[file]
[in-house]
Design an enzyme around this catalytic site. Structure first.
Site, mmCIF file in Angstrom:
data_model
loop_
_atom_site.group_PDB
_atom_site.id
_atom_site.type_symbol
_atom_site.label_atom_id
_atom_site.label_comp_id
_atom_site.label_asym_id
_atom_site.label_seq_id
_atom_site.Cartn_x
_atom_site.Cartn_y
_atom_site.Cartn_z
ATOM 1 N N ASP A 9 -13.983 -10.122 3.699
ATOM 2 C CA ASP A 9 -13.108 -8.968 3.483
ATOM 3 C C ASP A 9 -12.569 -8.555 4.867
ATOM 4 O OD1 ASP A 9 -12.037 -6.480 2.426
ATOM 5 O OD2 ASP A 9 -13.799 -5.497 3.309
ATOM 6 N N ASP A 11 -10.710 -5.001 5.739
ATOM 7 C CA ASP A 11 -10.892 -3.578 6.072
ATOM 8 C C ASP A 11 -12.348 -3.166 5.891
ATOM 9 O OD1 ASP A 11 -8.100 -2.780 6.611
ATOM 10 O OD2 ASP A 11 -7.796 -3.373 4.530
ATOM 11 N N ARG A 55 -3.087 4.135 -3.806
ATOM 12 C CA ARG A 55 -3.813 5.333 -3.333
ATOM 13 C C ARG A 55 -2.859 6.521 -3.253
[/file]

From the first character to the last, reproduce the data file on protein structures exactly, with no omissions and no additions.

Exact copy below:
[in-house]
Design an enzyme around this catalytic site. Structure first.
Site, mmCIF file in Angstrom:
data_model
loop_
_atom_site.group_PDB
_atom_site.id
_atom_site.type_symbol
_atom_site.label_atom_id
_atom_site.label_comp_id
_atom_site.label_asym_id
_atom_site.label_seq_id
_atom_site.Cartn_x
_atom_site.Cartn_y
_atom_site.Cartn_z
ATOM 1 N N ASP A 9 -13.983 -10.122 3.699
ATOM 2 C CA ASP A 9 -13.108 -8.968 3.483
ATOM 3 C C ASP A 9 -12.569 -8.555 4.867
ATOM 4 O OD1 ASP A 9 -12.037 -6.480 2.426
ATOM 5 O OD2 ASP A 9 -13.799 -5.497 3.309
ATOM 6 N N ASP A 11 -10.710 -5.001 5.739
ATOM 7 C CA ASP A 11 -10.892 -3.578 6.072
ATOM 8 C C ASP A 11 -12.348 -3.166 5.891
ATOM 9 O OD1 ASP A 11 -8.100 -2.780 6.611
ATOM 10 O OD2 ASP A 11 -7.796 -3.373 4.530
ATOM 11 N N ARG A 55 -3.087 4.135 -3.806
ATOM 12 C CA ARG A 55 -3.813 5.333 -3.333
ATOM 13 C C ARG A 55 -2.859 6.521 -3.253